Roberto Osuna came out of nowhere to crack the Toronto Blue Jays bullpen out of spring training. Sure, the promising right-hander had sat atop Blue Jays prospect lists, but his arrival date landed well before anyone could have expected. Now that the 20-year old Osuna has moved into the closer’s role without skipping a beat, he’s getting some top-3 consideration in a talented pool of candidates for American League Rookie of the Year.
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Houston’s Carlos Correa is the trump card in this conversation, unfortunately, and likely ends any hope of Osuna earning the honor out of Toronto’s bullpen. The Astros’ top prospect has burst onto the scene this season with 14 home runs and an .888 OPS in just 61 games. Osuna’s 1.98 ERA, 0.878 WHIP and 14 saves are impressive, but Correa’s production from the shortstop position is hard to ignore.
In this recent article, Paul Hoynes of Cleveland.com breaks down the other top candidates behind Correa, ranking Osuna fifth behind Billy Burns of the Athletics, Nate Karns of the Rays and Francisco Lindor of the Indians. While I buy Correa over Osuna without any hesitation, our mighty closer has to leapfrog some of these names, right?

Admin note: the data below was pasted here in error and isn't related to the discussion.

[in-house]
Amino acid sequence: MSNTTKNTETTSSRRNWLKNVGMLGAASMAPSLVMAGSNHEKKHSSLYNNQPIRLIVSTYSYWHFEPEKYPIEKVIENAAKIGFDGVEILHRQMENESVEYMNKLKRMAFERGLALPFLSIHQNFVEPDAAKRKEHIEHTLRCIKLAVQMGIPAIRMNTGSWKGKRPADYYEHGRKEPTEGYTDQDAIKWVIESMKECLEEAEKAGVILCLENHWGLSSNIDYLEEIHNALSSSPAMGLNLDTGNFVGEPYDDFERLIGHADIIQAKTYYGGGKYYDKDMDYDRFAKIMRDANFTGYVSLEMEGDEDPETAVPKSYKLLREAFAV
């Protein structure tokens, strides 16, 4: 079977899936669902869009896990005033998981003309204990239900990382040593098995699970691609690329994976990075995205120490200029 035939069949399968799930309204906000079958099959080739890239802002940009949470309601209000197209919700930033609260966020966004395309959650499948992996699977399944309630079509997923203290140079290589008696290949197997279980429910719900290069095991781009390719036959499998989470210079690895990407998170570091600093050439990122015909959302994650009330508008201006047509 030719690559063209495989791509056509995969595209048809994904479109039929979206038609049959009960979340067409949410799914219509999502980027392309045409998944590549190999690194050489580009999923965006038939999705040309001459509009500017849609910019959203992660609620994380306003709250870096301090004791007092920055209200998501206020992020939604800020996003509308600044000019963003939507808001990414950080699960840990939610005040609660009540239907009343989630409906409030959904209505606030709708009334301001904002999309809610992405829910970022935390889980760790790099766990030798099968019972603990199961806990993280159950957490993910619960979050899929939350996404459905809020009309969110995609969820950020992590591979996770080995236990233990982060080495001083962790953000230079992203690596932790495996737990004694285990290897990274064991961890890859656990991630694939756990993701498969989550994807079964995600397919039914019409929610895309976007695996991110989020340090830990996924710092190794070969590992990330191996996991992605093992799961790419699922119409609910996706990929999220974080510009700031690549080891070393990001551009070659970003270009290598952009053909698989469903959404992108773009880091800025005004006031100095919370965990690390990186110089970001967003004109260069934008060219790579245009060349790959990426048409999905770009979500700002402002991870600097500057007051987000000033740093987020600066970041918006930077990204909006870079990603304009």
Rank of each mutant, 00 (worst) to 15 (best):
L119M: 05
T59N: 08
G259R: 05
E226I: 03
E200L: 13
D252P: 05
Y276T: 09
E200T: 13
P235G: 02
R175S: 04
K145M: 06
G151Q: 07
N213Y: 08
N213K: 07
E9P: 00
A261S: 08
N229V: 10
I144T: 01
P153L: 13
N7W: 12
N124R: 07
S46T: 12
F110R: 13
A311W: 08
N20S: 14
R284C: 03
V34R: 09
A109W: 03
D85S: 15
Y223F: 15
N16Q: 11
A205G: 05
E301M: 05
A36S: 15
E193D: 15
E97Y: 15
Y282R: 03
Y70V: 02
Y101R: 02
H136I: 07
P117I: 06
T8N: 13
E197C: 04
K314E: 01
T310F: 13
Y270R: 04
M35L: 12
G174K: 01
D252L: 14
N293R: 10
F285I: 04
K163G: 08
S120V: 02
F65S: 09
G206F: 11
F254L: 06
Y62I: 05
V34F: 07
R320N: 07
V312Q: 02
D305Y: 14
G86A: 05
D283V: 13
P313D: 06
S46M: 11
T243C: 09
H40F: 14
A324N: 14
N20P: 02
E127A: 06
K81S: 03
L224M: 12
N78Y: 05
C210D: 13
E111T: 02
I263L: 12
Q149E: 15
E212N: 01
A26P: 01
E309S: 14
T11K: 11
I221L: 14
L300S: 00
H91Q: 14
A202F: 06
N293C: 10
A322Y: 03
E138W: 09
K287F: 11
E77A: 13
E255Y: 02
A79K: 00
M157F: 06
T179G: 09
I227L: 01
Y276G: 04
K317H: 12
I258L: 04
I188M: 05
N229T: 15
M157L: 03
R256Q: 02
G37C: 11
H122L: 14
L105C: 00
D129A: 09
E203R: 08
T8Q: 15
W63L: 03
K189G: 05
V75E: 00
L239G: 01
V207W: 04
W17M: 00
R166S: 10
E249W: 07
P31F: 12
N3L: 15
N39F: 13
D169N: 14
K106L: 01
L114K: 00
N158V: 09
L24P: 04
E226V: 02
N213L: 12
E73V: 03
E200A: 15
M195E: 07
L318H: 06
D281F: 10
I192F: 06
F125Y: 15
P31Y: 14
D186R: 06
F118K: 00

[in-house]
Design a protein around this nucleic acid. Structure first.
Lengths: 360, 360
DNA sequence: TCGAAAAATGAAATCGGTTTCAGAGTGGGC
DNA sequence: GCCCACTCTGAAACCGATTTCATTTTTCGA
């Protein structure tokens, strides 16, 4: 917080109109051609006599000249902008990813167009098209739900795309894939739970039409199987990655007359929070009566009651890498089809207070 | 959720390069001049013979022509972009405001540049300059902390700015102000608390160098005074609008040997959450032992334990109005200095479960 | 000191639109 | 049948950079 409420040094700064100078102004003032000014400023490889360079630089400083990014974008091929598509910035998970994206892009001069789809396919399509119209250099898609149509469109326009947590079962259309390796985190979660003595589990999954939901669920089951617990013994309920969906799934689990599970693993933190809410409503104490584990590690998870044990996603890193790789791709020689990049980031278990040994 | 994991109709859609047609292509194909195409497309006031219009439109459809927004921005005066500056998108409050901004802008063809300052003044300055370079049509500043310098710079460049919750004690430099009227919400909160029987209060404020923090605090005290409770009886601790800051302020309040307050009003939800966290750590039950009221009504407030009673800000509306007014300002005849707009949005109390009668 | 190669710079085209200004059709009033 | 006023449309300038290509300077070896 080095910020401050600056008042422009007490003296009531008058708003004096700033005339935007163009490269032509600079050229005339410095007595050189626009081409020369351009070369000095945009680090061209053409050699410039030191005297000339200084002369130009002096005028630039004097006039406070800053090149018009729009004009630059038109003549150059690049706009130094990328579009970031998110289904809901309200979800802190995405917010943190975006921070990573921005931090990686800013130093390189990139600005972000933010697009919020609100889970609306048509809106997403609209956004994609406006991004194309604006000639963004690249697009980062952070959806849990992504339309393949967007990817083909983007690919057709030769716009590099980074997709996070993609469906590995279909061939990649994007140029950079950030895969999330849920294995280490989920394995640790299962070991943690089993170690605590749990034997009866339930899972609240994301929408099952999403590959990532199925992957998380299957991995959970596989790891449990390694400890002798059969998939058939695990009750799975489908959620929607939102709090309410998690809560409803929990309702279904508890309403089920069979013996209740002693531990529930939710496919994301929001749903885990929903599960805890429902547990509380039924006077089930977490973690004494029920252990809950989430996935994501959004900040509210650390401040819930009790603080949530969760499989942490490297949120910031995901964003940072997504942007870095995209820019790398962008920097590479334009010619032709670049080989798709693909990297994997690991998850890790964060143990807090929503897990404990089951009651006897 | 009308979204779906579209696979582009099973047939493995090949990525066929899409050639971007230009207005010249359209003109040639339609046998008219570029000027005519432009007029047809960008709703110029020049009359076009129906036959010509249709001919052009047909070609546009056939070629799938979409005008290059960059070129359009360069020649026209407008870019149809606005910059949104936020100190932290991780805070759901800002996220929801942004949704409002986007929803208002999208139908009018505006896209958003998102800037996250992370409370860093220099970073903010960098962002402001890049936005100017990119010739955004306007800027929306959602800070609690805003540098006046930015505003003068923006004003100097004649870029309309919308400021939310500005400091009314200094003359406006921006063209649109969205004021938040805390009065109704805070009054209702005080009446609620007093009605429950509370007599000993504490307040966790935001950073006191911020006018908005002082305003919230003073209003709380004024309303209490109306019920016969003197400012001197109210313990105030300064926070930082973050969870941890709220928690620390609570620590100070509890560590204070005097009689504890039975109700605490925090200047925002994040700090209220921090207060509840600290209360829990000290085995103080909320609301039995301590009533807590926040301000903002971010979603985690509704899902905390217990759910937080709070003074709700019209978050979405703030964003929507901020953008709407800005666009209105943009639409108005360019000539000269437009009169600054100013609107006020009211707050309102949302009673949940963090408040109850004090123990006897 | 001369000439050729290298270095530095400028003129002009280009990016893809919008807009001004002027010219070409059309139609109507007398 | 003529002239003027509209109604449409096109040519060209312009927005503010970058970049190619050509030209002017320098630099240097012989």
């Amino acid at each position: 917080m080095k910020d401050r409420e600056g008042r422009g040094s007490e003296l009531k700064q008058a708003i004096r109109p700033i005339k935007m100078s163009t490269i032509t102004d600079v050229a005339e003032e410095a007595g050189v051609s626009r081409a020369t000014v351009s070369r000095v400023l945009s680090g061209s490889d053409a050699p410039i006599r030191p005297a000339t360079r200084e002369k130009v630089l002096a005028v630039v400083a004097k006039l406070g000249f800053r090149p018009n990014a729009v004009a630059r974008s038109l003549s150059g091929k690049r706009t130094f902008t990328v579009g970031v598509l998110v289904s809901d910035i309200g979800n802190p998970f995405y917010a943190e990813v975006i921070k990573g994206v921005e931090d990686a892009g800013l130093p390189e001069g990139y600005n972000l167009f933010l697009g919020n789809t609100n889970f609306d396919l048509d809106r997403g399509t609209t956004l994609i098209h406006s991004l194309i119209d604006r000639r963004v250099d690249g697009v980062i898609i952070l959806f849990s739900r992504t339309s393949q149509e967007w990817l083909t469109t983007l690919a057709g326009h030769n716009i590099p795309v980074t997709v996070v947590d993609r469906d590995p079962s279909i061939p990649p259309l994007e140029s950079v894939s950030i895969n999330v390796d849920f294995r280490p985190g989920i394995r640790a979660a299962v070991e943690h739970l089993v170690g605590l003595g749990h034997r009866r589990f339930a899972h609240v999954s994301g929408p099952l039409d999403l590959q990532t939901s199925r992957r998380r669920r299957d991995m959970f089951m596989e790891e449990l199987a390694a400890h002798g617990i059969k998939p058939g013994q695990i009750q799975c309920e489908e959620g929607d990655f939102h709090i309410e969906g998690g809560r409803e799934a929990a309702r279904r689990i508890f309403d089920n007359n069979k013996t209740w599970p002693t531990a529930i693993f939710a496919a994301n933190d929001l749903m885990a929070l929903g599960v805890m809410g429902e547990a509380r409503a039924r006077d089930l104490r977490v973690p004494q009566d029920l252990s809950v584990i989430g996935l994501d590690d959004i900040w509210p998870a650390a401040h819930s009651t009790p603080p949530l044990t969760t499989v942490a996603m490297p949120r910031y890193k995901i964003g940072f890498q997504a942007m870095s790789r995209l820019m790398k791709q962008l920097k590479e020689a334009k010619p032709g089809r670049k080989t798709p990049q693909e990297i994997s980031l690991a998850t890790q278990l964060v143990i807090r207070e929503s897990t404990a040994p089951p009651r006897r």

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Lindor has enjoyed a late surge that has pushed his slash line to .290 / .325 / .397, but hasn’t made out-of-the-ordinary contributions with his power (5 HR) or speed (3 SB, 2 CS). All very impressive for the young shortstop whose potential is sky-high, but I feel there’s plenty of room, at the very least, for the discussion of Osuna being voted above him.
The same goes for Oakland’s Billy Burns, the 25-year old speed demon that’s recorded 26 stolen bases to go along with an average of .291. Nate Karns has pitched 130 innings over 23 starts as a 27-year old rookie (don’t get me started on that), but with a 7-5 record, 3.53 ERA and 1.238 WHIP, I group him right alongside Lindor and Burns. Impressive numbers, impressive players, but not head and shoulders above Osuna.
Josh Donaldson‘s American League MVP campaign has introduced us to the strange nature of these made-up awards. This isn’t a batting title where .321 beats .319 every time, so issues of team role, team success, positional value and market could all factor in to some extent.
I’ve been asked more and more lately about Osuna’s Rookie of the year chances, and in a different class, I might be confident that he’d take home the hardware. To come runner-up behind Carlos Correa would be no small feat, however, and I’d be just fine with that. Osuna has been Toronto’s Rookie of the Year, and without David Price you might even hand him the team Cy Young. And again, the one number I still struggle to comprehend: the kid is 20.